The case study building was a large medical research laboratory located in San Antonio, TX. Building parameters were obtained using the contract documents. The cooling is provided using a 1400 ton capacity chilled water system and the heating is provided using a combination of low pressure steam and hot water. The hot water is produced using a steam to water heat exchanger. Both hydronic systems employ the use of variable frequency drives on all distribution pumps. The air delivery is provided using six energy recovery units (ERU) and two traditional variable volume air handling units, located in the building penthouse on the fifth floor. The two variable volume air handling units are ignored in this paper since they are not dedicated outdoor air handling units; however the harvesting of condensate from these types of units is a potential future paper topic. Three of the six ERUs are enthalpy wheel types and three are glycol run around loop style heat recovery. One of each type of ERU is a stand-by unit. For the simplicity of this paper, the ERUs are modeled as one unit, all with the same recovery effectiveness. The maximum total outside air processed through the ERUs is 110,000 cfm (51700 L / sec). The total recovery effectiveness was modeled at 59%, with a sensible and latent effectiveness on 73% and 33% respectively calculated using procedures defined in ARI Standard 1060-2005. Based on these system characteristics and using the San Antonio, TX condensate production density, adjusted for the new sensible and latent effectiveness, the monthly condensate productions are shown in Figure 4, with a total annual estimated production of 1,887,031 gallons (7.15 x [10.sup.6] L).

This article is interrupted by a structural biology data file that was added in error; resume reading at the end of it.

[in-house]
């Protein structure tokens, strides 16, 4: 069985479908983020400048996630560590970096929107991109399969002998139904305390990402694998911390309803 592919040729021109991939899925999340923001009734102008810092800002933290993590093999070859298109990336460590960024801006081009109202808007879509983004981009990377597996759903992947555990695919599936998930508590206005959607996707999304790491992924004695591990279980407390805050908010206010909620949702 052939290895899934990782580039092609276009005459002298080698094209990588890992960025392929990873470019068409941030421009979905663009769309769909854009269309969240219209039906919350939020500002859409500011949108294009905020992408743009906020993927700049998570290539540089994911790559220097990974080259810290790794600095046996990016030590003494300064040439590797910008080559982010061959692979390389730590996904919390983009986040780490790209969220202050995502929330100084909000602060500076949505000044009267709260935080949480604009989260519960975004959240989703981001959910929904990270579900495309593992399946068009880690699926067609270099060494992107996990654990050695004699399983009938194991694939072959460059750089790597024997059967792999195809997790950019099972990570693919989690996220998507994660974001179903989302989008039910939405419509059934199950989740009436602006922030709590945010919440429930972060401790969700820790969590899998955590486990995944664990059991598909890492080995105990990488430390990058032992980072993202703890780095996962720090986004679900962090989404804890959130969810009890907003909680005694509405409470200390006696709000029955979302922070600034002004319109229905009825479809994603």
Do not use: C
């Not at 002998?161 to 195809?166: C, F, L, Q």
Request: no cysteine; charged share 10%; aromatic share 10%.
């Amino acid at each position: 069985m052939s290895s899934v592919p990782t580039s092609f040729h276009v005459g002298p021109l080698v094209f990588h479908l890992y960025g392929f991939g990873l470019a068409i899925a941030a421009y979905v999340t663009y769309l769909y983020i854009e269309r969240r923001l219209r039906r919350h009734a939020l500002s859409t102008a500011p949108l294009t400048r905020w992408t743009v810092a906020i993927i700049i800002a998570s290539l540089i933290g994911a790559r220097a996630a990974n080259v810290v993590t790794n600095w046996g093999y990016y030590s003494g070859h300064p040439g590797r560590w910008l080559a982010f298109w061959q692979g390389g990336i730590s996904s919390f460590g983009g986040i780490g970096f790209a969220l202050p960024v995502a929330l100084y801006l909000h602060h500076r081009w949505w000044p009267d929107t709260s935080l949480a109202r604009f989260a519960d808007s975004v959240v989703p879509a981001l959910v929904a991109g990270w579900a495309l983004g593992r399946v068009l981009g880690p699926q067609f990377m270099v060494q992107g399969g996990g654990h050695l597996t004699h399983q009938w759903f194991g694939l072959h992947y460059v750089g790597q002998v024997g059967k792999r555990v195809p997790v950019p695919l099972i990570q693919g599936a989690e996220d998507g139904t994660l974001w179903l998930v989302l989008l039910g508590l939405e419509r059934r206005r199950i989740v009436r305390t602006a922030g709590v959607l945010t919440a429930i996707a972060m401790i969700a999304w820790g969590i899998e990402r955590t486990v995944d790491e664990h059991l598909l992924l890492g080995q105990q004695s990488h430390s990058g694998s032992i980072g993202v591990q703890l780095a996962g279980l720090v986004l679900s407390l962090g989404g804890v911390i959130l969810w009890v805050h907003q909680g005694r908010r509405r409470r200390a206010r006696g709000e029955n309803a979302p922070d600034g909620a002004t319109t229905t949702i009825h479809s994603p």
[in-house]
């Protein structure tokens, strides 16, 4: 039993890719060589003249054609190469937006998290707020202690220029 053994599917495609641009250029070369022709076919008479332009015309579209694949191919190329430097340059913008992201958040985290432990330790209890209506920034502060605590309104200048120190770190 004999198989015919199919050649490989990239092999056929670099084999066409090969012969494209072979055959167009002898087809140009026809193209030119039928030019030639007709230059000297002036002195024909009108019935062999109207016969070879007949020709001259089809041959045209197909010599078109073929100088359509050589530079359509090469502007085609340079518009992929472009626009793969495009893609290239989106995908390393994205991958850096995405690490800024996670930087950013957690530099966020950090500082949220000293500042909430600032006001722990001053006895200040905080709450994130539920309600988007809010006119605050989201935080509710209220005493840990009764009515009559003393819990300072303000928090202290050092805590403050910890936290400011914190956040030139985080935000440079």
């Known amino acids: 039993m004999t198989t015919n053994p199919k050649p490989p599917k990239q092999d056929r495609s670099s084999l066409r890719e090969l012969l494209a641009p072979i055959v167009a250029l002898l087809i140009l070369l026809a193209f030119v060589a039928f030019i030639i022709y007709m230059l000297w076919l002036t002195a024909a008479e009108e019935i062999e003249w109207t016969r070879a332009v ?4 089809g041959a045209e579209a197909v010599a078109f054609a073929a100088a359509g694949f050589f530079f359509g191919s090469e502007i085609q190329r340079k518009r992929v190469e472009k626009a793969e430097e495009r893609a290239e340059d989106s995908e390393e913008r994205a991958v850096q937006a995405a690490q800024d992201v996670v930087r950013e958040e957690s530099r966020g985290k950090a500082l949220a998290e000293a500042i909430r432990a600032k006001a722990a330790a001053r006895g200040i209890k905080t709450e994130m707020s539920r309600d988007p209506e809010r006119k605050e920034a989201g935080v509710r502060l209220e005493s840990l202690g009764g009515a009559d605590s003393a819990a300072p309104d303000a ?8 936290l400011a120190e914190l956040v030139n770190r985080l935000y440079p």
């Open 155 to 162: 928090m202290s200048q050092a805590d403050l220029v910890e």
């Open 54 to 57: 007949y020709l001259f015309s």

[FIGURE 4 OMITTED]

What to Do with the Condensation Collected?

Two possible uses for the condensate water collected are explored. The first is water closet and urinal supplementation and the second is cooling tower makeup water usage.

Water Closet and Urinal Usage. The case study building has a designed full time occupancy level of 250 people. Based on the occupancy level, the annual domestic water consumption for the water closets and urinals was calculated and was compared to the estimated annual condensate production quantity. It was assumed that 50% are male and 50% are female. To determine the estimated daily water consumed by water closets and urinals, Eq. 8 was used:

[Q.sub.DC] = [n.sub.m] * [[([f.sub.u] * [q.sub.u] + [f.sub.wc] * [q.sub.wc])].sub.m] + [n.sub.f] * [[([f.sub.wc] * [q.sub.wc])].sub.f] (8)

[Q.sub.DC] = daily water consumption, gal (L)

[n.sub.m] = male occupancy

[n.sub.f] = female occupancy

[f.sub.u] = urinal frequency of use

[f.sub.wc] = water closet frequency of use

[q.sub.wc] = water closet volume per use, gal/flush (L/flush)

[q.sub.u] = urinal volume per use, gal/flush (L/flush)

The fixture volume per flush was in accordance with the Energy Policy Act of 1992. The frequency of use for male and female occupants was estimated according to Table 3.
Table 3. Daily Frequency of Use Estimation

              Male  Female